First We Read, Then We Write

First We Read, Then We Write : Emerson on the Creative Process

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Writing was the central passion of Emerson's life. While his thoughts on the craft are well developed in "The Poet", "The American Scholar", "Nature", "Goethe", and "Persian Poetry", less well known are the many pages in his private journals devoted to the relationship between writing and reading. Here, for the first time, is the Concord Sage's energetic, exuberant, and unconventional advice on the idea of writing, focused and distilled by the preeminent Emerson biographer at work today. Emerson advised that 'the way to write is to throw your body at the mark when your arrows are spent'. "First We Read, Then We Write" contains numerous such surprises - from 'every word we speak is million-faced' to 'talent alone cannot make a writer' - but it is no mere collection of aphorisms and exhortations. Instead, in Robert Richardson's hands, the biographical and historical context in which Emerson worked becomes clear. Emerson's advice grew from his personal experience; in practically every moment of his adult life he was either preparing to write, trying to write, or writing. Richardson shows us an Emerson who is no granite bust but instead is a fully fleshed, creative person disarmingly willing to confront his own failures. Emerson urges his readers to try anything - strategies, tricks, makeshifts - speaking not only of the nuts and bolts of writing but also of the grain and sinew of his determination. Whether a writer by trade or a novice, every reader will find something to treasure in this volume. Fearlessly wrestling with 'the birthing stage of art', Emerson's counsel on being a reader and writer will be read and reread for years to more

Product details

  • Hardback | 112 pages
  • 132.08 x 208.28 x 15.24mm | 226.8g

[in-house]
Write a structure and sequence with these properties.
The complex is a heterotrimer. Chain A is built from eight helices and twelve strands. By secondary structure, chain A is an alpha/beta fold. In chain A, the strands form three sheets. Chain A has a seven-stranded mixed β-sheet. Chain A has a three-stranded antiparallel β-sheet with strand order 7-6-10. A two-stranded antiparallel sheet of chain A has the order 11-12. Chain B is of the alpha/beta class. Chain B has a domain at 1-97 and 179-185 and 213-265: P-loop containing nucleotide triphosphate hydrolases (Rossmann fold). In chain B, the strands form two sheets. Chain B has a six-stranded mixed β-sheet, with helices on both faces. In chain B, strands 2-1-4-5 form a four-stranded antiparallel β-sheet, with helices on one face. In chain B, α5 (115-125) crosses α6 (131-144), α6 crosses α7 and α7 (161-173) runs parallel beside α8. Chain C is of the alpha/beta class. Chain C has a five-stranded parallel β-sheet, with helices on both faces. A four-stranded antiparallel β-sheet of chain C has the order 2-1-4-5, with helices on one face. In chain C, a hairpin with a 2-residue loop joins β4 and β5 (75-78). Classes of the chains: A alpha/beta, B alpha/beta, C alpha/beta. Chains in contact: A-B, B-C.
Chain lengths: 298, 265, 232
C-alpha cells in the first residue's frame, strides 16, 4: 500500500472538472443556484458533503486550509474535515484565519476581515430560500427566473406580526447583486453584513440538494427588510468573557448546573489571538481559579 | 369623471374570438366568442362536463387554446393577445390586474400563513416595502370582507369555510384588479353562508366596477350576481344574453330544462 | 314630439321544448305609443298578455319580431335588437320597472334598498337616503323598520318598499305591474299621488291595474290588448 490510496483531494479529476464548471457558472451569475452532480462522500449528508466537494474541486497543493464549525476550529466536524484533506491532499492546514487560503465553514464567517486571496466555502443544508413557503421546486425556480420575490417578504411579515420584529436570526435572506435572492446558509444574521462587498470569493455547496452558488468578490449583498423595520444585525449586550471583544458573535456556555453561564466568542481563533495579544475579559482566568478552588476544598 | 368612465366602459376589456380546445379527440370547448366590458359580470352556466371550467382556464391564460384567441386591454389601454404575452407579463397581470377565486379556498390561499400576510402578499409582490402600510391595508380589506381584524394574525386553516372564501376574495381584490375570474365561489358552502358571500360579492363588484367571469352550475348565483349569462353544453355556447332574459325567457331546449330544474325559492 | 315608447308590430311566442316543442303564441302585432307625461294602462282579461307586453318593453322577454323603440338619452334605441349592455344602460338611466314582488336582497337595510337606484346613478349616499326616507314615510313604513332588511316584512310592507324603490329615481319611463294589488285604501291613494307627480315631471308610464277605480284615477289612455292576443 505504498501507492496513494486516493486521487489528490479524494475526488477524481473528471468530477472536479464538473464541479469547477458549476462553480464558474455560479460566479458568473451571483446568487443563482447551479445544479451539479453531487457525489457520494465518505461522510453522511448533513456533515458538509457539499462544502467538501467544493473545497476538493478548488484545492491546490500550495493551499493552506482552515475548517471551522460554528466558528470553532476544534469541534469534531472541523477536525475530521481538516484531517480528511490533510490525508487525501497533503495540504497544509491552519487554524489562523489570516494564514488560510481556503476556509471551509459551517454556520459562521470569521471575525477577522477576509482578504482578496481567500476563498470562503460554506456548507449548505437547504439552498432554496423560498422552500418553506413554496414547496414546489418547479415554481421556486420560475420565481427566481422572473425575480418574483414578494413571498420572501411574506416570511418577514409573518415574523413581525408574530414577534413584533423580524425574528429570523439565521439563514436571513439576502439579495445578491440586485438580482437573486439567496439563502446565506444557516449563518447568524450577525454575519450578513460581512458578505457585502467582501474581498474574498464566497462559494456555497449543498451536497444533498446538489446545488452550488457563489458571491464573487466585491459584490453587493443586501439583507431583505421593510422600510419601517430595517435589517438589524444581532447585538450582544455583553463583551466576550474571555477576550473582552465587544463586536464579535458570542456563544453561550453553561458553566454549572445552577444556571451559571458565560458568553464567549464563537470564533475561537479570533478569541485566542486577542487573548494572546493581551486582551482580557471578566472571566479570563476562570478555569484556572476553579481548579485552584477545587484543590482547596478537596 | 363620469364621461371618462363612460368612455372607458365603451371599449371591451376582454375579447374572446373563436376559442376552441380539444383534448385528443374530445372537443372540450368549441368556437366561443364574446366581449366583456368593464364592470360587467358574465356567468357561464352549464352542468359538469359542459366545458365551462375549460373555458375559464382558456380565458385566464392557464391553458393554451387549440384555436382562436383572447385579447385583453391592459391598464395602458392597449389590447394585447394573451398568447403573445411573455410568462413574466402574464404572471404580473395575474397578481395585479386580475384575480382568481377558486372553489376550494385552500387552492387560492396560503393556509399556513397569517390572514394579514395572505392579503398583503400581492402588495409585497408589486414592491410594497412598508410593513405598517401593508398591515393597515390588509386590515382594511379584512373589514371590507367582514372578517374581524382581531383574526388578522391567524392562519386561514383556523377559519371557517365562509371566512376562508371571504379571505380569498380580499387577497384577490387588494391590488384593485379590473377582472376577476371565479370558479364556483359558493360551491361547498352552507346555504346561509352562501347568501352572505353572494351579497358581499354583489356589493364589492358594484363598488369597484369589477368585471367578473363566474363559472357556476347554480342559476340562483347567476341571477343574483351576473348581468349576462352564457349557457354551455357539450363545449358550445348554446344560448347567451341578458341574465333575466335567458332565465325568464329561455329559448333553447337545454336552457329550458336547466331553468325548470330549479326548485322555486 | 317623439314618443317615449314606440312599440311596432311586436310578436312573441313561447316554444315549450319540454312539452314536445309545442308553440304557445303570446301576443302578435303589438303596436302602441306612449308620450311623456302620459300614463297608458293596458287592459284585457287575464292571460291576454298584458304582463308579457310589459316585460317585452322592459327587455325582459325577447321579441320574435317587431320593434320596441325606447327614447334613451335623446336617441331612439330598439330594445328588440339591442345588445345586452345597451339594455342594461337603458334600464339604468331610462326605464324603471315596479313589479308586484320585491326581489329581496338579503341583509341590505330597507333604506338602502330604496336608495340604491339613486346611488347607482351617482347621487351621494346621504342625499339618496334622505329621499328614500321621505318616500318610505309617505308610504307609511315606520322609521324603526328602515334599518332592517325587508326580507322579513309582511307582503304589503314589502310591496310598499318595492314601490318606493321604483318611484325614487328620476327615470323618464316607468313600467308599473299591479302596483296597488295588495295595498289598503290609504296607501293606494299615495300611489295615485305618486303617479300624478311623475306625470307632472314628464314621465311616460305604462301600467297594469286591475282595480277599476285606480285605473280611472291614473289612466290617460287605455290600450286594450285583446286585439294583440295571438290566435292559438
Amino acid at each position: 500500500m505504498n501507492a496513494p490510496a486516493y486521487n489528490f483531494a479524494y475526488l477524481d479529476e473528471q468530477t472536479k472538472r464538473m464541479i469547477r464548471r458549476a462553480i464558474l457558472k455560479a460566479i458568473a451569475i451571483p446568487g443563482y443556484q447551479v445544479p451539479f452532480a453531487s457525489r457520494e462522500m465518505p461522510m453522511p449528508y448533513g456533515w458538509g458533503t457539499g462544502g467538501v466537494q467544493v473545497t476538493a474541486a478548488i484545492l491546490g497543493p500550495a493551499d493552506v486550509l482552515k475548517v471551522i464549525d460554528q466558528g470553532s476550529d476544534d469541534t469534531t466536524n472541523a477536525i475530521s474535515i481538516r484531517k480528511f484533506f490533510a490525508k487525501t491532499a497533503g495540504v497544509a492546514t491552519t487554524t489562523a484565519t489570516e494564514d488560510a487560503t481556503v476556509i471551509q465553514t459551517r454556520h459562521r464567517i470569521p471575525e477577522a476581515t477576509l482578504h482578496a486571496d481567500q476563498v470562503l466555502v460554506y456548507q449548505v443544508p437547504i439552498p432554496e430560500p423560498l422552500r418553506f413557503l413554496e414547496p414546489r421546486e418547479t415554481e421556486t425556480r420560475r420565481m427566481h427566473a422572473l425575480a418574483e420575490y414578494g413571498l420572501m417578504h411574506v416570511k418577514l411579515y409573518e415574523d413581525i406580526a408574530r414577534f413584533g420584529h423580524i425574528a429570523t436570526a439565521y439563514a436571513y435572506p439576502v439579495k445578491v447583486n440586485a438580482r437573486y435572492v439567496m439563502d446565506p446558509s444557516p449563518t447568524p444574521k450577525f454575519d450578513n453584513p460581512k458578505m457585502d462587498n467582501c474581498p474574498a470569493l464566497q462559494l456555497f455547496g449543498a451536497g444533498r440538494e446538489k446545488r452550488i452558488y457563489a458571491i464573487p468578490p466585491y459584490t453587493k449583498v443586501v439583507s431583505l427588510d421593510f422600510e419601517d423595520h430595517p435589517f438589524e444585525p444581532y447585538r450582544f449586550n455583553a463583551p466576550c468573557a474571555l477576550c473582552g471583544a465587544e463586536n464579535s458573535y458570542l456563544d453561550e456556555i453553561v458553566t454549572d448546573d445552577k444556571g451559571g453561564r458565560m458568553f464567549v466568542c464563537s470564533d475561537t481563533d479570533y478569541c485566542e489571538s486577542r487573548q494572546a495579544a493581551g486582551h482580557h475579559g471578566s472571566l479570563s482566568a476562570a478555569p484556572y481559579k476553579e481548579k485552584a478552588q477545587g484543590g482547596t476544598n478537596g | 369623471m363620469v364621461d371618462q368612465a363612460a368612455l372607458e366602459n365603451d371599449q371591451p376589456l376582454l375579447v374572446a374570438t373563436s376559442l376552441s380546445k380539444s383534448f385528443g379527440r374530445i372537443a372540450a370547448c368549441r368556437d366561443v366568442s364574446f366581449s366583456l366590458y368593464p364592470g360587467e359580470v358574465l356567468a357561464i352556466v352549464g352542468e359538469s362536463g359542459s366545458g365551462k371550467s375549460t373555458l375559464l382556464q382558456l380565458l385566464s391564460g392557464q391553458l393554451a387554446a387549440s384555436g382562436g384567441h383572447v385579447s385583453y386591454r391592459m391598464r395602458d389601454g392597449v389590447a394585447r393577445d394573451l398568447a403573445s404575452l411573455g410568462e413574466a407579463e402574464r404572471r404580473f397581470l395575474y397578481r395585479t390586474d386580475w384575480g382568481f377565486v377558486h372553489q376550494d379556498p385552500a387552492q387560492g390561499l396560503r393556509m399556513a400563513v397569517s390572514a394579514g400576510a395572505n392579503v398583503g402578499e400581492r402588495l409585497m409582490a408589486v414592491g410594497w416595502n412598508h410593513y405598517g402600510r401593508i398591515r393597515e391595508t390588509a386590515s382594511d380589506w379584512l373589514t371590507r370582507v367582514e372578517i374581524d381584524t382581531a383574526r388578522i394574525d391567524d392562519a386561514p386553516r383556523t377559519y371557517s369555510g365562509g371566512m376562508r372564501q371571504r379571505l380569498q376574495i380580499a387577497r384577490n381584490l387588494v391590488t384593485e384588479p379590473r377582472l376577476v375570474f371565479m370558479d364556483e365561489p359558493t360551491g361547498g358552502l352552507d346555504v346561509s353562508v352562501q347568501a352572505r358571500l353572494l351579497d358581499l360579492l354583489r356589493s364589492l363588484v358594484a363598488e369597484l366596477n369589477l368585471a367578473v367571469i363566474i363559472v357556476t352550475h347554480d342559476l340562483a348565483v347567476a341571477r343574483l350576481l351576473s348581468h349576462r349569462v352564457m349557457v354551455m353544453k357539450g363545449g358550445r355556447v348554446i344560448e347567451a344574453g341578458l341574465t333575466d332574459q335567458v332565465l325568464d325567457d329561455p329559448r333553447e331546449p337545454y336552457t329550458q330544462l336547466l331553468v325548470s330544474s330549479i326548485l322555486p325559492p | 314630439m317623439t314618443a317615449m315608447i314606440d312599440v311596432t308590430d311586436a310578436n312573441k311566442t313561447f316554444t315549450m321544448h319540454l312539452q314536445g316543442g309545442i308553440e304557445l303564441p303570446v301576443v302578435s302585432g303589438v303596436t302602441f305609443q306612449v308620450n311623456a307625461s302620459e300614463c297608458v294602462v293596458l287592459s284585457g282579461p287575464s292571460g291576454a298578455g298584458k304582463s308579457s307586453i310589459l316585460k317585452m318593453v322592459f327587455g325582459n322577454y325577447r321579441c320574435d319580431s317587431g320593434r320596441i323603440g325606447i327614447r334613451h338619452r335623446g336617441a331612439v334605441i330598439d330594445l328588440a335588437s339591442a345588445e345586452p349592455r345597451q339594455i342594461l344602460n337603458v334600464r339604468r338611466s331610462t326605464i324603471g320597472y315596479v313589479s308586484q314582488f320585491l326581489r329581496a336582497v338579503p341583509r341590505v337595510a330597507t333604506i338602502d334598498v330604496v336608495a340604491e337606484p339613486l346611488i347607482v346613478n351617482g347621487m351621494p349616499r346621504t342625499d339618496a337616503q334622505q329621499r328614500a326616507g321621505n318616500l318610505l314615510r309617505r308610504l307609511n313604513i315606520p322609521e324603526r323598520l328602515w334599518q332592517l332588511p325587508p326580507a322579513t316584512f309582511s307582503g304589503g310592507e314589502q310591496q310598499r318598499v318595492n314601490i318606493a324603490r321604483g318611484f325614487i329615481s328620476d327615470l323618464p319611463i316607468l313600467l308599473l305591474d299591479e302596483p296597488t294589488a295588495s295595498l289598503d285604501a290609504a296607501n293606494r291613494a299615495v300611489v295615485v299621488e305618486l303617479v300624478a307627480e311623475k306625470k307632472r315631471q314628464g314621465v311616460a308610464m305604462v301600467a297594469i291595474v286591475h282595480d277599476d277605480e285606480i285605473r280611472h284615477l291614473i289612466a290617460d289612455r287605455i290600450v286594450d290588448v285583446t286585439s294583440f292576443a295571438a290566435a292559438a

• University of Iowa Press
  • Iowa, United States
  • English
  • 1587297930
  • 9781587297939
  • 294,764

Review quote

Richardson is Emerson s foremost biographer, and he has culled the great man s work for the kind of specific, timeless instruction that makes the difference between good writing and great writing. This is the book on writing that Emerson would have used to teach his lucky students. The chapter on sentences sparkles, and it alone is worth the purchase. Everyone who wants to learn about writing should read this book. Susan Cheever, author, "American Bloomsbury "and" Desire: Where Sex Meets Addiction""show more

About Robert D. Richardson

Robert D. Richardson is the author of William James: In the Maelstrom of American Modernism, which won the 2007 Bancroft Prize, Emerson: The Mind on Fire, which won both the Francis Parkman Prize and the Melcher Book Award and was a finalist for a National Book Critics Circle Award, and Henry Thoreau: A Life of the Mind, which also won the Melcher Book more

Rating details

193 ratings
3.95 out of 5 stars
5 31% (60)
4 39% (76)
3 24% (46)
2 5% (10)
1 1% (1)

Our customer reviews

I found this an enjoyable short read with many thought-provoking points for a writer. Robert D Richardson Jr. has done an excellent job of drawing together Emerson's views and philosophies and has presented them in a concise and interesting way. This is not a general book that will appeal to just anyone because of its very particular subject matter, but I think it will be of interest of many writers for its comments and ideas about the creative process and the nature of writing. I received this ebook as a free review copy from more
by Nicola Markus
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